In space, a small surgical robot controlled from Earth for the first time

In space, a small surgical robot controlled from Earth for the first time

Surgeons succeeded this weekend in remotely controlling a small surgical robot located in the International Space Station, and in simulating basic techniques used during operations from Earth.

This first represents a new step for the development of surgery in space, which could become necessary to treat medical emergencies during manned trips lasting several years, for example to Mars.

These advances could also help develop remote surgery on Earth, benefiting remote areas lacking surgeons.

The robot, developed by the company Virtual Incision and the University of Nebraska, is called spaceMIRA. He took off for the International Space Station (ISS) at the end of January, aboard a cargo carried by a SpaceX rocket.

It was placed inside a microwave-sized box, making it easy to transport.

Last Thursday, it was turned on and inspected by astronaut Loral O’Hara, currently aboard the flying laboratory.

The experiment then took place on Saturday, conducted from Virtual Incision’s headquarters in Lincoln, Nebraska. It lasted approximately two hours and involved six surgeons.

They were able to remotely control the robot, which is equipped with a camera and two arms.

The experiment tested standard surgical techniques like grasping, manipulating and cutting tissue“, said Virtual Incision. The biological tissue was simulated here by an elastic band.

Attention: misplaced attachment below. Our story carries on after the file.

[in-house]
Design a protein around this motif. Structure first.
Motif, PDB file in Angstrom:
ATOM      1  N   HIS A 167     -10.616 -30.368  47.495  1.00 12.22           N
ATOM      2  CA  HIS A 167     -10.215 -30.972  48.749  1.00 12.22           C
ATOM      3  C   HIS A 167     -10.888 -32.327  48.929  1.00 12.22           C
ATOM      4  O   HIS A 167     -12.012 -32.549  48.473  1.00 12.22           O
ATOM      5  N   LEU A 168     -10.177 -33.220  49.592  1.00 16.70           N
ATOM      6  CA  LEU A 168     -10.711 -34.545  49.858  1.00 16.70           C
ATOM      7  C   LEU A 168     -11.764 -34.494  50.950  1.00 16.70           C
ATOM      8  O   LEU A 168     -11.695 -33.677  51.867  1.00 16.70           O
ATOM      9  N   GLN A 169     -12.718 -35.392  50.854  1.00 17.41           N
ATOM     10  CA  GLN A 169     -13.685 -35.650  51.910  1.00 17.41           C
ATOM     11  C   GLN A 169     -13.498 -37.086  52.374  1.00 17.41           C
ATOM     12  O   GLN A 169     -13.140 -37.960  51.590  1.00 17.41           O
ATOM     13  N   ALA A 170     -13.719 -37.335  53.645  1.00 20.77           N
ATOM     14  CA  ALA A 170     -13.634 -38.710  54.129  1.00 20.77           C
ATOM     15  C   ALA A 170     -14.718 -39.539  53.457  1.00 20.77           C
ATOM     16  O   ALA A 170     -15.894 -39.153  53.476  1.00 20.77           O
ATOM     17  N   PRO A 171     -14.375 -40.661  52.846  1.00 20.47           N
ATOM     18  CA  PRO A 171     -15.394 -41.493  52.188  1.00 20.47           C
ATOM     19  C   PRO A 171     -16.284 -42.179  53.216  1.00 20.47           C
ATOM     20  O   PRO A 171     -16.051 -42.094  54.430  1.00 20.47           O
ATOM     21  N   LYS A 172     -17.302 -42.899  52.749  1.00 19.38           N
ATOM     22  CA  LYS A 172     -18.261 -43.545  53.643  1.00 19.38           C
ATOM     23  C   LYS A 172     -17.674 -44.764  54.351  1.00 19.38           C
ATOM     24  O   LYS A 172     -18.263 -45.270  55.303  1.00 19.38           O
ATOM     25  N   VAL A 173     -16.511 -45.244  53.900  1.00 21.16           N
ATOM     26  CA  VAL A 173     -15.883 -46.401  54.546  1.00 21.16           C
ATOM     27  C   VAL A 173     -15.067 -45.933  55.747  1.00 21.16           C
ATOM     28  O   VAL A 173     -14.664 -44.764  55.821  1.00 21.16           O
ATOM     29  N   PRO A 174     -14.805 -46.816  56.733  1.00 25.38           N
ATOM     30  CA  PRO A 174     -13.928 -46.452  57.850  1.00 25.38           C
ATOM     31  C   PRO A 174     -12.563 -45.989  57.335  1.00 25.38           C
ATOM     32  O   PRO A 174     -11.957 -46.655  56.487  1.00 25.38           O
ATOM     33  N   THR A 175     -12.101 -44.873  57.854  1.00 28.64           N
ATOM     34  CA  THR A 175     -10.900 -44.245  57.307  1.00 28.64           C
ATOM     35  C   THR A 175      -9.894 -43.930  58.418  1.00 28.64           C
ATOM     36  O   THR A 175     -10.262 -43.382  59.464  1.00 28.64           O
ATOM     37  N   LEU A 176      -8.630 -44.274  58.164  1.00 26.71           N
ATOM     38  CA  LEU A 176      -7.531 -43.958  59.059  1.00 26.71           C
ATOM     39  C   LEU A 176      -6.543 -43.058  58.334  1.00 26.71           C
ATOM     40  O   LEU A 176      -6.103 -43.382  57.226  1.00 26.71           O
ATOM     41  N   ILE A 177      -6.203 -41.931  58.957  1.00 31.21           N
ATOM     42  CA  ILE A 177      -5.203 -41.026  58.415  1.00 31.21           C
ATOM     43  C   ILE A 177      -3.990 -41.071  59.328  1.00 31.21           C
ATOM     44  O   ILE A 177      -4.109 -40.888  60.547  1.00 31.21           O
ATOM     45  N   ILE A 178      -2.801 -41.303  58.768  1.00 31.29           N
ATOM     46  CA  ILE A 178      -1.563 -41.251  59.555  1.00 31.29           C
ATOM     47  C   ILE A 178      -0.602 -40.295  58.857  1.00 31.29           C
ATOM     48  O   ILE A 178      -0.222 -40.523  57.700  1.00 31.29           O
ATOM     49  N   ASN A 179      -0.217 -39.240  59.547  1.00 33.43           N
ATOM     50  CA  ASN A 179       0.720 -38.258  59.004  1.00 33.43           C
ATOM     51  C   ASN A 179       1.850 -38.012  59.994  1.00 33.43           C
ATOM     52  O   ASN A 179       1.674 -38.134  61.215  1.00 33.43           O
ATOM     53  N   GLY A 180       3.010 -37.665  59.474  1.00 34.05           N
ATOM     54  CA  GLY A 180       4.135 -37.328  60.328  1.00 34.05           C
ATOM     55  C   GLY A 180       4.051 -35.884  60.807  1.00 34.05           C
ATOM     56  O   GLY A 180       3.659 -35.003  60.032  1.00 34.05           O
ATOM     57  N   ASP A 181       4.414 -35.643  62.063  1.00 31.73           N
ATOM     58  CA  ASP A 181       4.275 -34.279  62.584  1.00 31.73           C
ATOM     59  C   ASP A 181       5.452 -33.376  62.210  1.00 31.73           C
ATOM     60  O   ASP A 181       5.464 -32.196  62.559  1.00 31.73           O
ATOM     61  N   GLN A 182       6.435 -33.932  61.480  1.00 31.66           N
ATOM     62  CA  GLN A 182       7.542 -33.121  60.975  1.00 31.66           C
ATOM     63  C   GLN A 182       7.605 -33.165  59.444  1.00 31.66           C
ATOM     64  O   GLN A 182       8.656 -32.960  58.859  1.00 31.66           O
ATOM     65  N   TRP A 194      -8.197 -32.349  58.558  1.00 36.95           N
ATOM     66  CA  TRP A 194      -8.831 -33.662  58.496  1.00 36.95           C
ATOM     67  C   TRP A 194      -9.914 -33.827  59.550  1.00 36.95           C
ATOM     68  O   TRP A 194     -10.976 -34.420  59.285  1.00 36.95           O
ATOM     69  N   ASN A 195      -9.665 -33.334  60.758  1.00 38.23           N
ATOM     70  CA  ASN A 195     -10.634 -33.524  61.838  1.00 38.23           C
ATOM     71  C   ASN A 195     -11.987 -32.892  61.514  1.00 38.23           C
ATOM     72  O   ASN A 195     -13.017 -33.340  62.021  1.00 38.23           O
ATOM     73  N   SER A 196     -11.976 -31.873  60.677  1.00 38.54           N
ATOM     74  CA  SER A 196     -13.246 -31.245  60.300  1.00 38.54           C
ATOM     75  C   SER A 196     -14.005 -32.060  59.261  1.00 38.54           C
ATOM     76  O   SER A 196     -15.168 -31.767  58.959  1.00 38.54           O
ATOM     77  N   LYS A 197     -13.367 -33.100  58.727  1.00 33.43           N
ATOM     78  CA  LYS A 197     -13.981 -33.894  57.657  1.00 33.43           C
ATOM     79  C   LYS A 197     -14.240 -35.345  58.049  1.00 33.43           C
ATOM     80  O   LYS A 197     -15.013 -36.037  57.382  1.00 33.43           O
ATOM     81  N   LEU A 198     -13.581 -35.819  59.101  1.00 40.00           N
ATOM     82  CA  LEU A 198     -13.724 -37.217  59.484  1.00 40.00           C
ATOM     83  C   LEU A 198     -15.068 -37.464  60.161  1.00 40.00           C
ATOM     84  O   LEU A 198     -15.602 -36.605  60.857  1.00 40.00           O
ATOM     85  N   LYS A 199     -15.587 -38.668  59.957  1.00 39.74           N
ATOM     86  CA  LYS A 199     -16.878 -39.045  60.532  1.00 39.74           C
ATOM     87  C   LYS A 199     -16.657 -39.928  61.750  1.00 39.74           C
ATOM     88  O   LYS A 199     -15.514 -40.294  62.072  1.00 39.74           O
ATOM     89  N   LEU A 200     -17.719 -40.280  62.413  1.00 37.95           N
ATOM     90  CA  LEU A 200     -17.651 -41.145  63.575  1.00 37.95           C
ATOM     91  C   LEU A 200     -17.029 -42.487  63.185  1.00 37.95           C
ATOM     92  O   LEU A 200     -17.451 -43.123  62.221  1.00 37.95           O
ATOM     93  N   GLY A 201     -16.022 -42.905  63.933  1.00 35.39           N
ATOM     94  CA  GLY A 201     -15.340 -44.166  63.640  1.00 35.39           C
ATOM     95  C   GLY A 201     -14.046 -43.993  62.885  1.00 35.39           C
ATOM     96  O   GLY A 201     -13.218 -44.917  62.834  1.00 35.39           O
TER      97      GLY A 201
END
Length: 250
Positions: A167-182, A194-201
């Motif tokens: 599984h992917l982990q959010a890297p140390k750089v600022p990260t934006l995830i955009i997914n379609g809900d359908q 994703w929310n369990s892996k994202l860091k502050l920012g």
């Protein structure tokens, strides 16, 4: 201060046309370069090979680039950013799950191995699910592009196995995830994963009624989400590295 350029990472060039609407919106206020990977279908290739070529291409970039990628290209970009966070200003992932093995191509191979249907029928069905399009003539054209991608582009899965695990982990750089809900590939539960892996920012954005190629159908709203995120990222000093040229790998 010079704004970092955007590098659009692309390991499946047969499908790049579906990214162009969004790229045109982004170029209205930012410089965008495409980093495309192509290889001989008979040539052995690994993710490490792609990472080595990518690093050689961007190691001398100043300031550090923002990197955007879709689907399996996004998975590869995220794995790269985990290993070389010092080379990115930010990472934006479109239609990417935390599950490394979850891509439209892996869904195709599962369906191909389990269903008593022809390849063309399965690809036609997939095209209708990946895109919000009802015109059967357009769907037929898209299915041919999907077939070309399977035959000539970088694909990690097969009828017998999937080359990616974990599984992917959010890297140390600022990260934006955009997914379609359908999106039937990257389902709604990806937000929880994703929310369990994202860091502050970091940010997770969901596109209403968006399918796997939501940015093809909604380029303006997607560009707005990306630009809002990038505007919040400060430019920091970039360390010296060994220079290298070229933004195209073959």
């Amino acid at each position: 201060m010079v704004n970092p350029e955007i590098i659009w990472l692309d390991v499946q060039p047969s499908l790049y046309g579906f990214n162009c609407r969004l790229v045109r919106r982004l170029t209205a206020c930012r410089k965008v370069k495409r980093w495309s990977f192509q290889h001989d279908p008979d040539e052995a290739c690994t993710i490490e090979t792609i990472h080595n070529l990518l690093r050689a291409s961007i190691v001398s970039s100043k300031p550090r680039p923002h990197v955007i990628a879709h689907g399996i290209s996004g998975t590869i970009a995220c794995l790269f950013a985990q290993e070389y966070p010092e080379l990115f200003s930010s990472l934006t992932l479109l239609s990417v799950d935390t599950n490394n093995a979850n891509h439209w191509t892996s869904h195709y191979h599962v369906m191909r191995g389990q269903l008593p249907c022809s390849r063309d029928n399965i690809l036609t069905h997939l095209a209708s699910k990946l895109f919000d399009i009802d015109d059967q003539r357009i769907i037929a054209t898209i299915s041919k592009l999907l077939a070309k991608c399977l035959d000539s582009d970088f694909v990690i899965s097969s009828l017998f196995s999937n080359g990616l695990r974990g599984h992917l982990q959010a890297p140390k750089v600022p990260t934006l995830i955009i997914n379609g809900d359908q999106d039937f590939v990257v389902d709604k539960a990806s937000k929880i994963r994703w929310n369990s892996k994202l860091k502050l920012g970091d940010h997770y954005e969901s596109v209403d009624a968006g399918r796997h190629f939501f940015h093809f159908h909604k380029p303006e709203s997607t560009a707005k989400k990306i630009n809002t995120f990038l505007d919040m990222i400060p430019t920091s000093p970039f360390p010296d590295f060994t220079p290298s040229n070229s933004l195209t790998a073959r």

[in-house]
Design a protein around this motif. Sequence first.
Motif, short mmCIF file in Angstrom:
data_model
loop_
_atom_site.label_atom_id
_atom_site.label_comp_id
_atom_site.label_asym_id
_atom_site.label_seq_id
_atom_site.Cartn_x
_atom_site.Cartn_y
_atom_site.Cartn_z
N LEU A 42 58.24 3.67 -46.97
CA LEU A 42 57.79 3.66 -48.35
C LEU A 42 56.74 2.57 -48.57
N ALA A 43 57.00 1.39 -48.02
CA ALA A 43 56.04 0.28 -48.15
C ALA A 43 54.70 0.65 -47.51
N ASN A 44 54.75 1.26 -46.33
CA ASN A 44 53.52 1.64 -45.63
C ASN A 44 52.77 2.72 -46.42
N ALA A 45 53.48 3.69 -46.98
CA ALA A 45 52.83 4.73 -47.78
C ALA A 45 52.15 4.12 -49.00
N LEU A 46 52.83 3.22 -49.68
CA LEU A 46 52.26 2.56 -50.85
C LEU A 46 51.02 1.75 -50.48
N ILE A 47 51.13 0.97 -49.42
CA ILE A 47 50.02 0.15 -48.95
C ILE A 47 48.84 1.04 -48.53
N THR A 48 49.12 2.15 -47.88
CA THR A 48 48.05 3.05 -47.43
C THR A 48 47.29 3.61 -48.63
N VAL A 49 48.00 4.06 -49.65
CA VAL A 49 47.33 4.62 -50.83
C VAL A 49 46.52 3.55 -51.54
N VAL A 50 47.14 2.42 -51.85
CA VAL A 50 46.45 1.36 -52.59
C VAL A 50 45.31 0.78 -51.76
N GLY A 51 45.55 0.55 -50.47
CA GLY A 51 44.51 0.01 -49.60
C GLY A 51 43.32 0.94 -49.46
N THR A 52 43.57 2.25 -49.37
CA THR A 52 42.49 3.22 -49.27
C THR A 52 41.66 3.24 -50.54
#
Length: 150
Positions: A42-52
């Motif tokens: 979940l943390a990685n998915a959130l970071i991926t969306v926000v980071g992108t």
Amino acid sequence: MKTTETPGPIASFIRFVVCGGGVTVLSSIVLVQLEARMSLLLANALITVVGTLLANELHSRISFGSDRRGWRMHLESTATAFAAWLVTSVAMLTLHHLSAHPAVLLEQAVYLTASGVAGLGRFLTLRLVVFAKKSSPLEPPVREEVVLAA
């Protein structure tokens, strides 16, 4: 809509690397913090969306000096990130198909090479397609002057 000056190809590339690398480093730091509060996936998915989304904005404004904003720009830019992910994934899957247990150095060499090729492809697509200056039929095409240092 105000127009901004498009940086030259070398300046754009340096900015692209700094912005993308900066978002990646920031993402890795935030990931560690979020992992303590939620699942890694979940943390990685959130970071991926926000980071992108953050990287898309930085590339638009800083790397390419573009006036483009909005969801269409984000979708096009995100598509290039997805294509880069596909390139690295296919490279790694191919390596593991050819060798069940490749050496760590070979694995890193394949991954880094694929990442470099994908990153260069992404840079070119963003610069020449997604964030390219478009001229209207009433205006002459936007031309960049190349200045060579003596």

In a video shared by the company, we can see one of the arms equipped with pliers grabbing the elastic to stretch it, and the other arm equipped with a scissor cutting it, in order to imitate a rubber banding technique. dissection.

The difficulty of such an operation lies in the delay between Earth and the ISS, which was 0.85 seconds.

To evaluate the impact, the complete data recovered will be compared with similar tasks carried out with the same equipment, but on Earth.

However, the experience has already been qualified “great success by all surgeons and researchers, and there have been few if any glitches“, said Virtual Incision. “Surgeons believe this experiment will change the future of surgery“.

The project received financial assistance from NASA.

The US agency estimates that with longer space exploration missions, “the potential need for emergency care is increasing, including surgical procedures ranging from simple stitches on cuts, to more complex activities“.